ESPE Abstracts (2019) 92 P3-35

Pseudohypoparathyroidism: Four Cases Reports

Marina Bressiani1,2, Angélica Dall'Agnese1,2, Adriana Godinho1,2, César Geremia1,2, Márcia Puñales1,2

1Pediatric Endocrinology Service of Conceição Children Hospital, Conceição Hospital Group, Ministry of Health, Porto Alegre, Brazil. 2Institute for Children with Diabetes (ICD), Conceição Hospital Group, Ministry of Health, Porto Alegre, Brazil

Introduction: Pseudohypoparathyroidism (PHP) is a rare disease, characterized by parathyroid hormone (PTH) resistance and it refers to different mineral disorders of bone metabolism, classified as PHP type 1a (Albright-OHA Hereditary Osteodystrophy), PHP1b and PHP1c (OHA).

Four cases reports: Four children were identified as having PHP, being three of them female. PHP was diagnosed at six years of age (three cases) and at seven years (one case). All children had diagnosis of hypothyroidism and one of them also had type 1 diabetes (T1DM) diagnosed at 12 years of age (six years after PHP diagnosis). One subject presented a mother with OHA phenotype, but normal laboratory assessment, characterizing pseudopseudohypoparathyroidism (PPHP). Different clinical manifestations were observed in the cases as craniofacial dysmorphisms (rounded facies, prominent forehead, flat nose...), brachydactyly, short neck, mild mental retardation, subcutaneous calcifications, short stature and obesity. Radiologic findings evidenced shortening of III, IV, and V metacarpals, epiphyses anomalies, lytic lesions andheterotopic ossification, suggestive of OHA. At diagnosis, all cases had elevated levels of PTH (Case 1: 807.3 pg/mL; 2: 281 pg/mL; 3: 111.5pg/mL and 4: 132 pg/mL – reference value [RV] 15-65pg/mL), hypocalcemia (1: 9.0 mg/dL, 2: 7.3 mg/dL, 3: 9.8 mg/dL and 4: 8.1 mg/dL) was observed in three cases (RV: 8.2-10.3mg/dL) and hyperphosphataemia (1: 6.8 mg/dL, 2: 9.4 mg/dL, 3: 5.4 mg/dL and 4: 6.4 mg/dL) in only one case (RV: 4,0-7,0mg/dL). All cases were treated with calcitriol with or without oral calcium supplementation and molecular analysis was yet not available.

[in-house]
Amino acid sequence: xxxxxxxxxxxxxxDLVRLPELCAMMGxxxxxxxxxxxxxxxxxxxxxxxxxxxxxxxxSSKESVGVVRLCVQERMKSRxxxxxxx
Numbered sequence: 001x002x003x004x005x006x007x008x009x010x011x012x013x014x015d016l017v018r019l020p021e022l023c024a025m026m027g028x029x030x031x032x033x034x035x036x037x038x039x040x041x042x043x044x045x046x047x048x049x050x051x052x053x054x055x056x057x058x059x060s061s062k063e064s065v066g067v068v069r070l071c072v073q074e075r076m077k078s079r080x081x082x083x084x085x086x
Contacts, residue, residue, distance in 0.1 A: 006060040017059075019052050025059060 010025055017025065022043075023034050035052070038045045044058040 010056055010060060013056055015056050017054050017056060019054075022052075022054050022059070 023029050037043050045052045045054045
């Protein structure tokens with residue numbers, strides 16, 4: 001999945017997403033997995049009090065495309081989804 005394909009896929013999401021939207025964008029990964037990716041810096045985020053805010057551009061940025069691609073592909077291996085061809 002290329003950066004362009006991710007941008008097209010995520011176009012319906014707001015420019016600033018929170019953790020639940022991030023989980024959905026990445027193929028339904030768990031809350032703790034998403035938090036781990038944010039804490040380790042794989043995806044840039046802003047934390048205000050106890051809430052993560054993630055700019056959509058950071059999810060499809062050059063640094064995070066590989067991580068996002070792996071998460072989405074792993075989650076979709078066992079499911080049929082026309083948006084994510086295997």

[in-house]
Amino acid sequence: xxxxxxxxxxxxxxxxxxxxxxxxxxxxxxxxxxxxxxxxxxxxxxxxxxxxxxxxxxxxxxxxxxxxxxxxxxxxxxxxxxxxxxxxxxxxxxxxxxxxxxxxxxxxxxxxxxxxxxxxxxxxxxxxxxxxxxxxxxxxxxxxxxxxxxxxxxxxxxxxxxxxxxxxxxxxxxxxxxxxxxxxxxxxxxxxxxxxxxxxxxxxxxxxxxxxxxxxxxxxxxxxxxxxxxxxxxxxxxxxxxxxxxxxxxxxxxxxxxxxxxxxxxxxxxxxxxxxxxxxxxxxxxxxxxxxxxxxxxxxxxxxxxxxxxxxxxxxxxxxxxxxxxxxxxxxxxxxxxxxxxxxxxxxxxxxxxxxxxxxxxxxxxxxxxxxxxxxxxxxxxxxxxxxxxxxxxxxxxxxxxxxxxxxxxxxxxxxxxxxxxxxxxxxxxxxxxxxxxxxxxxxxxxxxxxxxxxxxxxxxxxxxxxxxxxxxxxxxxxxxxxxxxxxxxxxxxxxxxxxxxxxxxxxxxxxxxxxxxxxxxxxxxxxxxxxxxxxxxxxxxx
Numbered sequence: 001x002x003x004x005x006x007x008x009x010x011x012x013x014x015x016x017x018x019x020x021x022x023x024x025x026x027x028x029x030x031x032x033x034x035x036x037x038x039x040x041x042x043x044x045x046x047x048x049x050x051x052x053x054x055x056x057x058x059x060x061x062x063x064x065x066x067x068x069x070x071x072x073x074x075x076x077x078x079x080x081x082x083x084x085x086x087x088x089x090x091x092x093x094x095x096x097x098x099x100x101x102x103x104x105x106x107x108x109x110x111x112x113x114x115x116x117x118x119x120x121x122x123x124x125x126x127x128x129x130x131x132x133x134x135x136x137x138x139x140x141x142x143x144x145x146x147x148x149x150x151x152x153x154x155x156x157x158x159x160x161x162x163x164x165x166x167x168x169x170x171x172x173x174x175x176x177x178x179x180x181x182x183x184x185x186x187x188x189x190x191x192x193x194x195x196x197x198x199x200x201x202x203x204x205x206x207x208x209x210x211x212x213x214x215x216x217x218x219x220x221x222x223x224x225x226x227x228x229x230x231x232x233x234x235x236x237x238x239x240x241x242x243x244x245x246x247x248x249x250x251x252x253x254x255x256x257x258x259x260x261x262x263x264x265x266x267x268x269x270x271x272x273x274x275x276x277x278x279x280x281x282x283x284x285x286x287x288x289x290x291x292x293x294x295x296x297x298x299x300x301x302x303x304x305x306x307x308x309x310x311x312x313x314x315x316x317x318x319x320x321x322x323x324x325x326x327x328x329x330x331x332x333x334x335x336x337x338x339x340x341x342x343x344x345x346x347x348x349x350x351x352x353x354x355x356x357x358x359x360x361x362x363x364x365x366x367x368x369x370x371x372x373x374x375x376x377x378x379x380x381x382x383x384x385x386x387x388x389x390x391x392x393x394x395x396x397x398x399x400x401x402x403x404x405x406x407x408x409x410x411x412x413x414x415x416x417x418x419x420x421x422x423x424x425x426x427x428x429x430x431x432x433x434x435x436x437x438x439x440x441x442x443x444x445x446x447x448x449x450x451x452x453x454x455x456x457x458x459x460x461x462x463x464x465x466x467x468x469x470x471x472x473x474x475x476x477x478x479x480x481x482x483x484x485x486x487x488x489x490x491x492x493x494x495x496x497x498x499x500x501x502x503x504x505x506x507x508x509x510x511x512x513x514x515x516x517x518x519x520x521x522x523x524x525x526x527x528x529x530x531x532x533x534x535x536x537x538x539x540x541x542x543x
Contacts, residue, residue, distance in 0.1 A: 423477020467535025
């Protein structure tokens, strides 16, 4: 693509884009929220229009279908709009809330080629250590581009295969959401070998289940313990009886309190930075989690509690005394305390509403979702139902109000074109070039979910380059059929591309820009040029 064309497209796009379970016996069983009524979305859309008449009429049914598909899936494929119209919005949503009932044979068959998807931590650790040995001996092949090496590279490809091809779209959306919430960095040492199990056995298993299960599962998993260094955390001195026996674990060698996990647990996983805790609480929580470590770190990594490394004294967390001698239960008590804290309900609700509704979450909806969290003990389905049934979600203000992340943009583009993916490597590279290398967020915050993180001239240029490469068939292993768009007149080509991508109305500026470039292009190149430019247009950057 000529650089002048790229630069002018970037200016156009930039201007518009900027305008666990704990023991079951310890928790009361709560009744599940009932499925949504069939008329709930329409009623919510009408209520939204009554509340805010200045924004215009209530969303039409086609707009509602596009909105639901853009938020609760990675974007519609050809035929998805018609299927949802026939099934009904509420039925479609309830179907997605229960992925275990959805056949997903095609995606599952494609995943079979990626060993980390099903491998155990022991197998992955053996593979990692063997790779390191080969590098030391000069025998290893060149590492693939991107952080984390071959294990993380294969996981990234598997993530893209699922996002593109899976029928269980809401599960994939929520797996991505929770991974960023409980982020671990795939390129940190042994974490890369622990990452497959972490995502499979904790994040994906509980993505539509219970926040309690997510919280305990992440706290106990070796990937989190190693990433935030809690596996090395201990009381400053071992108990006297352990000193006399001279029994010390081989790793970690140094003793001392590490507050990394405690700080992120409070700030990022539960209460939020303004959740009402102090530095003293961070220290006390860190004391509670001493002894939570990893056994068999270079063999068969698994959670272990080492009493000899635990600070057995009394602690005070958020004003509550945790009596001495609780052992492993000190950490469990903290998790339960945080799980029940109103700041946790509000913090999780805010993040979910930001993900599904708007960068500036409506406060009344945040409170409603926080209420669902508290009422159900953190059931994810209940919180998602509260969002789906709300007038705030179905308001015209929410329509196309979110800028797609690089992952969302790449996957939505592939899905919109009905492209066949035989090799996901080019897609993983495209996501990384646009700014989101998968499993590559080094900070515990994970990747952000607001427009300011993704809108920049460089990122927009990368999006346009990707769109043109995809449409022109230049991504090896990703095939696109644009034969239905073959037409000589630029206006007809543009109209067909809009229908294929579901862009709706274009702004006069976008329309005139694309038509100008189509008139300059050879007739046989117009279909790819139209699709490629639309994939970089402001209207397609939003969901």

Discussion: PHP is characterized by renal defect in response to PTH, with hyperphosphatemia and elevated PTH, usually preceding hypocalcemia, being more commonly diagnosed during childhood. Genetically, PHP is caused by mutations in the gene that encodes the alpha subunit of G protein (GNAS), PTH action signaling protein, thyroid stimulating hormone(TSH), gonadotrophins andadrenocorticotropic hormone(ACTH) and others. The cases described in this series were all diagnosed in childhood and presented clinical and radiological manifestations suggestive of OHA.

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